AB - The aim of this study in textile studies and cultural history is to gain a greater understanding of what happened to the division of labour and manufacturing techniques when female fashions changed in the period 1770-1830. This was a time of upheaval as regards fashions, and a change in dress practice. The decades around 1800 were a period of major societal and cultural transformation. Female fashions and their manufacture can be inscribed in these processes. With a more polarized perception of the sexes fashion and textile work, particularly sewing, came to be closely associated with femininity. The empirical material comprises extant clothes, handbooks of tailoring, fashion magazines and written material from both public and private life. It has been of great significance to link the written and material sources, combining the approaches of textile studies and cultural history. Instead of proceeding from the perspective of a particular group of producers, it has been possible to study different actors on an equal basis, with material culture as the point of departure. The first part of the thesis discusses the concept of fashion and how fashion can be understood during the eighteenth and early nineteenth century. In a Swedish context this is closely related to the concept of folk costume. The second part deals with the organization of the craft and the gender division of labour. In the 1770s and 1780s, clothes for both men and women in Sweden were made by male tailors. The study argues that women who made fashion clothes for other women became frequent and officially visible during the years around 1800 in Stockholm. At the end of the 1820s the male tailors seem to be absent from the profession in the city. In an international perspective, the Swedish development differs from the situation that previous research has demonstrated in France and England. The process is interpreted in terms of demasculinization and feminization. The third and fourth parts examine how cutting and sewing techniques were affected when fashions changed in the decades around 1800. Two traditions for the manufacture of female fashion clothes can be identified in Europe during the period. The French and English seamstresses’ technique involved simpler methods of both cutting and sewing, whereas the tailors in the German sphere showed vigorous development in both processes. The study reveals the tailors’ competence in the sphere of practical sewing, with a new image of tailoring consisting of both cutting and sewing. Manufacturing techniques and the organization of the work mutually affected each other. The organization of the craft influenced the possibilities for technical development. The techniques used had consequences for the way the work could be organized. The differences between different manufacturing traditions problematize the image of fashion development as aesthetically and technically homogeneous.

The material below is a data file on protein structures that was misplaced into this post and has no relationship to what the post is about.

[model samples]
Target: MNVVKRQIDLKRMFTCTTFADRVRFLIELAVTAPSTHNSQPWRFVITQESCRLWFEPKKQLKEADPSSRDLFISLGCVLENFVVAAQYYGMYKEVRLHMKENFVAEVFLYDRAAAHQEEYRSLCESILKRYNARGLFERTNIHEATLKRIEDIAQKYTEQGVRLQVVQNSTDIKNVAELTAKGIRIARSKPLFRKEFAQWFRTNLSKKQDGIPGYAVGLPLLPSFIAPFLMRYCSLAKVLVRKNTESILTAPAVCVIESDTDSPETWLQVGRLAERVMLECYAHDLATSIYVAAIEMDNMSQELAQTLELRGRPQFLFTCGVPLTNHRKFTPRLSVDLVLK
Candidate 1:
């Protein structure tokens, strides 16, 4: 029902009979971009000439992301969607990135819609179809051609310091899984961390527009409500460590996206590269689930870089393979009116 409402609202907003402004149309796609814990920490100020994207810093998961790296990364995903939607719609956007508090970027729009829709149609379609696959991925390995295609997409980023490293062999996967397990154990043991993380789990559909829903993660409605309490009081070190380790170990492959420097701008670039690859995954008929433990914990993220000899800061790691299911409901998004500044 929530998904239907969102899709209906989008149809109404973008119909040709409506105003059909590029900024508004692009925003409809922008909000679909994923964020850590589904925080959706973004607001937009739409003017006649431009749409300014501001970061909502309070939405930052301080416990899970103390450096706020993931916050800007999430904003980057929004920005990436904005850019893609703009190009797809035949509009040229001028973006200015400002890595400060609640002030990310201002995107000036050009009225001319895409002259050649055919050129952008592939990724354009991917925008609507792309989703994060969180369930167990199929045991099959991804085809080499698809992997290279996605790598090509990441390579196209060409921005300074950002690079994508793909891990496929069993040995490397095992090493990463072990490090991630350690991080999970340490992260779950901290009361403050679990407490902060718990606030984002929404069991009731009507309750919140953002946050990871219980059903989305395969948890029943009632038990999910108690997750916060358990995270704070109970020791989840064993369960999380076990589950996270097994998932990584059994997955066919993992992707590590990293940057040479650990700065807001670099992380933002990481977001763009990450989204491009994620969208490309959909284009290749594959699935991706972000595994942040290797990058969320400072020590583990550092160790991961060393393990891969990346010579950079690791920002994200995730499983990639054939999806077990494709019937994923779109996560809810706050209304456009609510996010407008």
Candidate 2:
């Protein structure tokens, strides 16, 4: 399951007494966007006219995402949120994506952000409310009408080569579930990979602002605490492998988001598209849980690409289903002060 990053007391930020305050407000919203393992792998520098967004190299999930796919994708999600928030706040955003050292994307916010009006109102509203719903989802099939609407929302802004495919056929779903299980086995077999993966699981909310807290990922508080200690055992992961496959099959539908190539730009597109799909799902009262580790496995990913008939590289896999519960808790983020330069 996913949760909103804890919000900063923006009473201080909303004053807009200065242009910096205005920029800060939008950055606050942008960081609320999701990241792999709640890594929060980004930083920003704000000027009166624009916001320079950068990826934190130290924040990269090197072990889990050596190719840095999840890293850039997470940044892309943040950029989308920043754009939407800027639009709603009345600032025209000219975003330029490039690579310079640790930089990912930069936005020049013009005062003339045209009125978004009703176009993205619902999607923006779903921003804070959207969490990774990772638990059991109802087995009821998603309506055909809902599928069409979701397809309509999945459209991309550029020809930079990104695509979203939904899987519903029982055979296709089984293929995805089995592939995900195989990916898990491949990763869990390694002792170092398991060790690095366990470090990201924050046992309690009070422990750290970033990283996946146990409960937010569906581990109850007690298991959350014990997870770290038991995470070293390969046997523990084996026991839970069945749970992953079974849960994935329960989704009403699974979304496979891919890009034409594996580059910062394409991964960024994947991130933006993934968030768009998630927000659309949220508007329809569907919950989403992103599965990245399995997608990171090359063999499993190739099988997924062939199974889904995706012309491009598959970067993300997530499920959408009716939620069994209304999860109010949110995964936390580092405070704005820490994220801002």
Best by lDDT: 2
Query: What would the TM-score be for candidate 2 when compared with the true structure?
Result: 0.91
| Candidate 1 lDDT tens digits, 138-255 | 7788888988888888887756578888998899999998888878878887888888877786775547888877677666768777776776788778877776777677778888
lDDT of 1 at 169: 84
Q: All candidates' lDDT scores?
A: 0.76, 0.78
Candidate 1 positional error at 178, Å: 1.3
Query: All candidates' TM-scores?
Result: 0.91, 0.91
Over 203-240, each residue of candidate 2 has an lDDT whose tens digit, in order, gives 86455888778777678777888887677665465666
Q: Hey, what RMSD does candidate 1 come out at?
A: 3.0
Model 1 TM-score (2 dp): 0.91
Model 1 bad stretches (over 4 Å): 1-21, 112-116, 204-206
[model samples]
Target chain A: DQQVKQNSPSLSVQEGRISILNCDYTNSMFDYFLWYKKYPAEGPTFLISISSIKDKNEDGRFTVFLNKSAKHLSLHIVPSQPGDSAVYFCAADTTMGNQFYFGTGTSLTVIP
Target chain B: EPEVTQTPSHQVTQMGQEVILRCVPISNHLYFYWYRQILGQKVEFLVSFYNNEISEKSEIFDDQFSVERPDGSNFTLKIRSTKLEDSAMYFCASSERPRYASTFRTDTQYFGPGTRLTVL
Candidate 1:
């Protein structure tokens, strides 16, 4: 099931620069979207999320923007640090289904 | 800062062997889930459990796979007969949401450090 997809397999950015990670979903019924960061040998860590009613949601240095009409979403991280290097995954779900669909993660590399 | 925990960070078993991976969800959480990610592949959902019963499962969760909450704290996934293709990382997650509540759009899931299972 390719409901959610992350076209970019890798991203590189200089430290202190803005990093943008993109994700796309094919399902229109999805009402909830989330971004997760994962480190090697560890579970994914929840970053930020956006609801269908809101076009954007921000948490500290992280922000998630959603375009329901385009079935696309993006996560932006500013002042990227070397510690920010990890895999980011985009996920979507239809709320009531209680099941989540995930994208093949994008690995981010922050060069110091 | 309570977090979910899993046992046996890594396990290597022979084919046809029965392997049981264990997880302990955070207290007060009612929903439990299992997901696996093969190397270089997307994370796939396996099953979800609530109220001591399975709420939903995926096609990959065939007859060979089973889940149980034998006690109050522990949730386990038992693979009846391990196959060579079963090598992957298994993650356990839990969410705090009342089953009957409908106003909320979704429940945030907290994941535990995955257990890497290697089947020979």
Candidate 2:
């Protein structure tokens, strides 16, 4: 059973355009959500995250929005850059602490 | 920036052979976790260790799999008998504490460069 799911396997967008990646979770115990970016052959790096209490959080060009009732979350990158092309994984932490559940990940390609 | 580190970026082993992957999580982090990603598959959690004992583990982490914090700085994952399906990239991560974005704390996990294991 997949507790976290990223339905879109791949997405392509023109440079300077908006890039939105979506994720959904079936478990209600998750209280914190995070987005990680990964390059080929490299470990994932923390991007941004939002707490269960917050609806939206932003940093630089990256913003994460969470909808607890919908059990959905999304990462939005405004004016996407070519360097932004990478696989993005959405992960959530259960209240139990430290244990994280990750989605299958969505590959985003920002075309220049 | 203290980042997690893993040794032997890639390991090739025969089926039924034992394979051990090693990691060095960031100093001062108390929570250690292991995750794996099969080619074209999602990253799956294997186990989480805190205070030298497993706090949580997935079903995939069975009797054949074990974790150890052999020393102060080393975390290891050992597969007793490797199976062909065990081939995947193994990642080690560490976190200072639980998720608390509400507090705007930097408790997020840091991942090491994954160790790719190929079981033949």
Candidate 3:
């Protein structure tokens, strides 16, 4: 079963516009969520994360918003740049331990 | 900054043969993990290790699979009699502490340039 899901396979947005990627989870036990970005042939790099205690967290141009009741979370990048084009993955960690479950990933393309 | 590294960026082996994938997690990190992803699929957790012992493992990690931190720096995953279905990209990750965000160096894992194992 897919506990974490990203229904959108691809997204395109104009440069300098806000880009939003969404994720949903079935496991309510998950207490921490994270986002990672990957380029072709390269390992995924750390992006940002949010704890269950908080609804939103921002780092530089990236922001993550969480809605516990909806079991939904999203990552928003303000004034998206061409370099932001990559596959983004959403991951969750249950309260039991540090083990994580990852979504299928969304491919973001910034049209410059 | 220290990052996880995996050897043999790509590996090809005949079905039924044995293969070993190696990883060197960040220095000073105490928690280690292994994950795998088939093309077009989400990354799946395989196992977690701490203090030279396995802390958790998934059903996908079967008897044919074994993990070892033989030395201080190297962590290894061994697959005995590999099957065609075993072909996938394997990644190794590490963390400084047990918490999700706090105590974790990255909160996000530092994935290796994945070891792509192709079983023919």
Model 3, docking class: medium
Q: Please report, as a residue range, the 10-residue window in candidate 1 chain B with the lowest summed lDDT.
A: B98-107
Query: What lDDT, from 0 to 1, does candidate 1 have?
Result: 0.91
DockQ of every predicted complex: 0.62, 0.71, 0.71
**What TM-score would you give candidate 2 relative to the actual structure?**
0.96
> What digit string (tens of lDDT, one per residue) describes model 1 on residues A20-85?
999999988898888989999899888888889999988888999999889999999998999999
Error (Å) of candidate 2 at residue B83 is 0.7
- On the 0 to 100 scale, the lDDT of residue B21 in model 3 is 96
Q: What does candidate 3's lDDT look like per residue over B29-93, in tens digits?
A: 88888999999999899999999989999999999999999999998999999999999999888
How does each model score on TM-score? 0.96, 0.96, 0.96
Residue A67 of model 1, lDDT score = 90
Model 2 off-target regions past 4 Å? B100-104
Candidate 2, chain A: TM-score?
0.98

KW - Textile studies

KW - dress history

KW - object-based study

KW - cultural history

KW - fashion

KW - tailor

KW - seamstress

KW - tailoring

KW - manufacturing techniques

KW - tailor’s books

KW - cutting

KW - sewing

KW - division of labour

KW - gender

KW - guilds

KW - the diaries of Årstafrun

M3 - Doktorsavhandling (monografi)

SN - 9789171085382

PB - Nordiska museets förlag

CY - Stockholm

ER -